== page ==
From there, the number of photographers kept growing. With photographer Winters secured, the 4×5 organizers set out to develop an all-encompassing selection of speakers that include award-winning photojournalist and documentarians, among many others.
Given that community building and connectivity is at the center of 4×5, it is apropos that documentary photographers Benjamin Rasmussen and Michael Friberg will be sharing their project “By The Olive Trees.” Rasmussen and Friberg, based in Denver and Salt Lake City, respectively, collaborated in 2013 to document the lives of Syrian refugees in Jordan who fled the ongoing civil war. Friberg explained that the project was inspired by both the plight of displaced Syrians and the mismatched narrative that photojournalists were presenting to the global audience.
“It was just cliched photos of a refugee camp, even though 75 percent of the refugees in Jordan don't even live in camps but in urban situations,” Friberg said.
Their goal, the pair said, was to challenge the traditional narrative that presents refugees, or people in poverty, as both experiencing and defined by their suffering. Indeed, Rasmussen explained that both he and Friberg largely work as magazine photographers capturing celebrities, athletes and politicians, or “people who society in general has decided are 'important.'” From their mutual experience, those public figures are photographed drastically different than “victims, such as the poor, marginalized and displaced.” With this work, Rasmussen explained, they are “challenging those visual languages and using it as a way to help viewers connect with individuals impacted by this conflict.”
Naturally, the question arises of how two documentarians from Salt Lake City and Denver who collaborated on a project in Jordan came to decide to present their work in San Antonio.
Re-enter the contacting of friends, friends of friends and old classmates. It should come as no surprise in our ever-shrinking world that photographer Friberg met Huskin in high school in West Texas whilst playing in a hardcore band that toured “with his actually good hardcore band.” As is the way of life, the two lost touch and later re-connected. It was during their recent talks, Friberg recounts, that “he invited Ben and I to present and speak at the festival, and we jumped at the opportunity to share work in Texas.”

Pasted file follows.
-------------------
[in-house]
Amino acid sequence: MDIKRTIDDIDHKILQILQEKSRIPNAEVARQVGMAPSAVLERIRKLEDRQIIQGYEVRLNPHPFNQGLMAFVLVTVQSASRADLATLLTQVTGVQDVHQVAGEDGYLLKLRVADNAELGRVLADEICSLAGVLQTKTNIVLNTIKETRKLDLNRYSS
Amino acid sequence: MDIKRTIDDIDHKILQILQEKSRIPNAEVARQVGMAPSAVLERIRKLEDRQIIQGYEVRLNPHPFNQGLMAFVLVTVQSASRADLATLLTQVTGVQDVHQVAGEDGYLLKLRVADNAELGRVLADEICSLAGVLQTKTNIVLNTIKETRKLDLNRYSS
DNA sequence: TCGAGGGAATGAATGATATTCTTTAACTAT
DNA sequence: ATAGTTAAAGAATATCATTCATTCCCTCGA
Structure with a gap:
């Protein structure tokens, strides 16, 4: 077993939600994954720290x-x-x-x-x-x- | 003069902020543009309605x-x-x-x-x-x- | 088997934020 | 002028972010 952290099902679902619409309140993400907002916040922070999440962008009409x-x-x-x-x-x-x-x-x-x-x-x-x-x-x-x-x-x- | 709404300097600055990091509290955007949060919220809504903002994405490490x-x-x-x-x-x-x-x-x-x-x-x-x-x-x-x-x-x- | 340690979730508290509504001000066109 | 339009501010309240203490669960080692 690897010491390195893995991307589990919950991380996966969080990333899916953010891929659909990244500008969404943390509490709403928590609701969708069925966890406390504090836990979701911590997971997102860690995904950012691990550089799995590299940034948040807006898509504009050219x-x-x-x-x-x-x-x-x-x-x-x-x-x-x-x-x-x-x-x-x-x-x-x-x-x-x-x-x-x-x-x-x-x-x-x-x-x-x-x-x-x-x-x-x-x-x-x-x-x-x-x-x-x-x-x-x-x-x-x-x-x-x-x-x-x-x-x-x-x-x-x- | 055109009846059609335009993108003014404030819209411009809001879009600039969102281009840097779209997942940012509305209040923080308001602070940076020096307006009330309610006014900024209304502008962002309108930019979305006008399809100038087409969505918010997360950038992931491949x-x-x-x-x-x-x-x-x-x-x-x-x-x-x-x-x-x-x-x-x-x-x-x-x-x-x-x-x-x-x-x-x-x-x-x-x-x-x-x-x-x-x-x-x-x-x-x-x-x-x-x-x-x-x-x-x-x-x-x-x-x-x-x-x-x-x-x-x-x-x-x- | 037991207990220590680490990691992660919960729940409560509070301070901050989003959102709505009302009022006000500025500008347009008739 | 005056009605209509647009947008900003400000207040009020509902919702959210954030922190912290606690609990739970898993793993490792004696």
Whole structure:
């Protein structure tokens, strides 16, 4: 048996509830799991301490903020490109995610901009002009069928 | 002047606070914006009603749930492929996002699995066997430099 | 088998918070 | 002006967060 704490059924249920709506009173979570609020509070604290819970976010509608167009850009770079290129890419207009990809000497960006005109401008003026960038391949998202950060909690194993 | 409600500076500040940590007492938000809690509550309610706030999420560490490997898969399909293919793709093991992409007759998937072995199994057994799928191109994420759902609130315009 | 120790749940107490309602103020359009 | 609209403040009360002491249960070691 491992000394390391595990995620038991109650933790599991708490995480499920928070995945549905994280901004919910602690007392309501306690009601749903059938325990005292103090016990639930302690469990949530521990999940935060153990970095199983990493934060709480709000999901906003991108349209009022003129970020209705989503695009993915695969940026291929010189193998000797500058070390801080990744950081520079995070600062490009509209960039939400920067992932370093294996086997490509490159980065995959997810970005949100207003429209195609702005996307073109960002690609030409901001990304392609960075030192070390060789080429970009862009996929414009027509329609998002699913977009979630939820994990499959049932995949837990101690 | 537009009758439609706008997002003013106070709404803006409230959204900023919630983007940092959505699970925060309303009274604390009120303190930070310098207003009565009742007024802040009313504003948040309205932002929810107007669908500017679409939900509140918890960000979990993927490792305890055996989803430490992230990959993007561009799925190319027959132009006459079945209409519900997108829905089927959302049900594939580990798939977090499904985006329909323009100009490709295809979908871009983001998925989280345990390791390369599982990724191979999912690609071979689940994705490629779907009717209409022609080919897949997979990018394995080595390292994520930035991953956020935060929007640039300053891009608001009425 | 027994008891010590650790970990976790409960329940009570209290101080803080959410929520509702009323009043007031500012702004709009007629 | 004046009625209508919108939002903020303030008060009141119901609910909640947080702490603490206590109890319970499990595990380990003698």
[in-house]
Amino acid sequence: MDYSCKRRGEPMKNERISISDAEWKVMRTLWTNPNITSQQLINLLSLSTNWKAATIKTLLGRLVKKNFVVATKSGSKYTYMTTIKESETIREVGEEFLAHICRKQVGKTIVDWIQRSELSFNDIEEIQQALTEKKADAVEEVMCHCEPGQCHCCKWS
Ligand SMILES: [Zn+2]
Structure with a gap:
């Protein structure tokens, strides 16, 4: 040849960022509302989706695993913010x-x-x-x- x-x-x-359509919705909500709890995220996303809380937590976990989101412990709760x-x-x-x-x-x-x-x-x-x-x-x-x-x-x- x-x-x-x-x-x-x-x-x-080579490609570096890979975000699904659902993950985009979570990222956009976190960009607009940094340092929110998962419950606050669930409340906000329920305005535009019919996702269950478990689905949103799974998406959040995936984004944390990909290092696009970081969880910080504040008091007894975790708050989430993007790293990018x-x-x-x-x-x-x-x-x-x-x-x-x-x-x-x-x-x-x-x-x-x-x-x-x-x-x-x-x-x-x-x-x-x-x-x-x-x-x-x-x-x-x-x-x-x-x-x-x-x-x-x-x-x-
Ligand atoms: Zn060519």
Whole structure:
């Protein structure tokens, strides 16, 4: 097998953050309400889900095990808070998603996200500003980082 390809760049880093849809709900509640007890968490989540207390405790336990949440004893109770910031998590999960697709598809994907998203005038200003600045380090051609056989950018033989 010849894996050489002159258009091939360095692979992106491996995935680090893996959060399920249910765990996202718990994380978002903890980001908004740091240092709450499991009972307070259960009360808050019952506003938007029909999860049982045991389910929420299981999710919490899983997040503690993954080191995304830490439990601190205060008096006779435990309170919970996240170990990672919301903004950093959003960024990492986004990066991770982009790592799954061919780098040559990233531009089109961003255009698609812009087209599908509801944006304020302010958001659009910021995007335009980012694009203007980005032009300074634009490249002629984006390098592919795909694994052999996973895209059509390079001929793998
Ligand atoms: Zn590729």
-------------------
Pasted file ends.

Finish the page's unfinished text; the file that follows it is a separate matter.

“That and since leaving Texas, I will take any excuse to come back and eat breakfast tacos,” Friberg half-jokingly shares.
Breakfast tacos aside, Friberg expressed that a point of excitement was the chance to share their work with a new audience whilst having an educational conversation with attendees about new ways to distribute and make impactful documentary work.
Aside from drawing the attention of photographers from across the nation, there was a buzz amongst local industry colleagues that something was in the works. Such was the case with local, award-winning photojournalist Carolyn Van Houten.
“It's a really big deal,” Van Houten said. “They (organizers of the festival) pulled something off that few people could actually pull off.”